siveness, but calls forth their tears. For example, when at 
Caesaria in Mauritania, I was dissuading the people from that 
civil, or worse than civil, war which they called Caterva (for 
it was not fellow-citizens merely, but neighbors, brothers, fathers, 
and sons even, who, divided into two factions and armed with 
stones, fought annually at a certain season of the year for several 
days continually, everyone killing whomsoever he could), I 
strove with all the vehemence of speech that I could command 
to root out and drive from their hearts and lives an evil so cruel 
and inveterate ; it was not however when I heard their applause, 
but when I saw their tears, that I thought I had produced an 
effect. For the applause showed that they were subdued. And 
when I saw their tears I was confident, even before the event 
proved it, that this horrible and barbarous custom (which had 

" Vita, 15. M 4, 24. 



ST. AUGUSTINE'S METHOD. 211 

been handed down to them from their fathers and their ancestors 
of generations long gone by and which like an enemy was 
besieging their hearts, or rather had complete possession of 
them) was overthrown, and immediately that my sermon was 
finished I called upon them with heart and voice to give praise 
and thanks to God." 

In a letter to Olyimpius, Bishop of Tagaste, 56 Augustine 
speaks of a similar incident. "While I addressed them and 
made my complaints, God, our Defender and Guide, seemed to 
impart to me courage and strength, according to the magnitude 
of the danger and enterprise. I did not move their tears by 
mine; but when I had ended speaking, I confess, that, antici- 
pated by their weeping, I was unable to abstain. Having then 
wept together for a while, with strong expectations of their 
amendment, I brought my address to a close." 

Thus then as we read over Augustine's sermons and find such 
liveliness, much spontaneity, and so many passages which could 
only have been delivered under the impulse of the moment, we 
are necessarily led to believe that his sermons were delivered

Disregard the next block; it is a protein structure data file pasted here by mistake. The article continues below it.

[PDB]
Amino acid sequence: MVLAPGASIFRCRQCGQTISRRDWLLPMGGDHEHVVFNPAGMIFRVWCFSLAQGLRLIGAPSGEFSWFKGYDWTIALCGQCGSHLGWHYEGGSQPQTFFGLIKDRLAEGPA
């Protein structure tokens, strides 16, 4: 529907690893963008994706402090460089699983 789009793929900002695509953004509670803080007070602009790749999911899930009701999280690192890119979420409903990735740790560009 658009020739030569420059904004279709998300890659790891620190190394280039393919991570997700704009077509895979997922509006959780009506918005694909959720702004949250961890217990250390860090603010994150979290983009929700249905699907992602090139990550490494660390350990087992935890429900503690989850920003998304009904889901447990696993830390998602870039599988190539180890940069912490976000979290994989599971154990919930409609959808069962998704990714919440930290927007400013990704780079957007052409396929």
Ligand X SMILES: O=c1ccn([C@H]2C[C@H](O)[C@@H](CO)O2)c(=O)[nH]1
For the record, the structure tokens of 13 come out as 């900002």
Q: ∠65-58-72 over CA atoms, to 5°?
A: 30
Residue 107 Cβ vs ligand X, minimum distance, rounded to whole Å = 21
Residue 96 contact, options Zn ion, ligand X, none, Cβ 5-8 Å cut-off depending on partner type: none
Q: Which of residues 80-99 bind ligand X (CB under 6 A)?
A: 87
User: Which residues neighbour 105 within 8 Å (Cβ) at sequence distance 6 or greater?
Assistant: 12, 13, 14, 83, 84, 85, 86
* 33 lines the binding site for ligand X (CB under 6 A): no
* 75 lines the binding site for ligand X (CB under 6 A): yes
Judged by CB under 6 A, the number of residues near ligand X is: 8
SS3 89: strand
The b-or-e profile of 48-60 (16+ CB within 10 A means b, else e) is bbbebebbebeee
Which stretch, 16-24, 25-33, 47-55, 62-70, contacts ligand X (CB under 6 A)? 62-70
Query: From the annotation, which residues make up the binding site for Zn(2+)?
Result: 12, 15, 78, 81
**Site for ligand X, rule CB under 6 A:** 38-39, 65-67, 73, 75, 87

extempore for the most part, or at least after a certain amount 
of forethought but never with any written assistance. And 
furthermore we find Augustine himself giving us two striking 
examples of his manner of preaching, which entirely confirm 
the belief. That Augustine made a very extensive use of notarii 
within the church and in the privacy of his own study has 
already been set forth, and this entirely harmonizes with the 
characteristics of the sermons as we see them today. 

The sermons were delivered without written assistance, en- 
tirely extempore or largely so. Notarii in the church took them 
down in shorthand as they were being delivered. The sermons 
as we have them today are copies of the longhand transcripts 
of the notes of the notarii. This explains the vigor, the con- 
versational tone, and the many irregularities which are to be 
found in Augustine's discourses. 



' Vol. 2, 37 ff. 



212 AMERICAN JOURNAL OF PHILOLOGY. 

VIII. Other Characteristics of Augustine's Sermons 

WHICH SHOW THEM TO BE NOT ONLY EXTEMPORE, BUT 
TO HAVE BEEN LEFT UNREVISED. 

Many of the passages already alluded to in the previous 
chapter as proofs of extemporization indicate likewise that 
Augustine's sermons received little or no revision ; for there are 
irregularities in them which would naturally have been smoothed 
out or omitted under revision. Thus we should have expected 
such passages to be emended as those in which Augustine gropes 
around for the exact words to fit his thoughts; or those which 
display irritability when he declaims against his critics or chides 
his congregation; or those which contain long digressions, or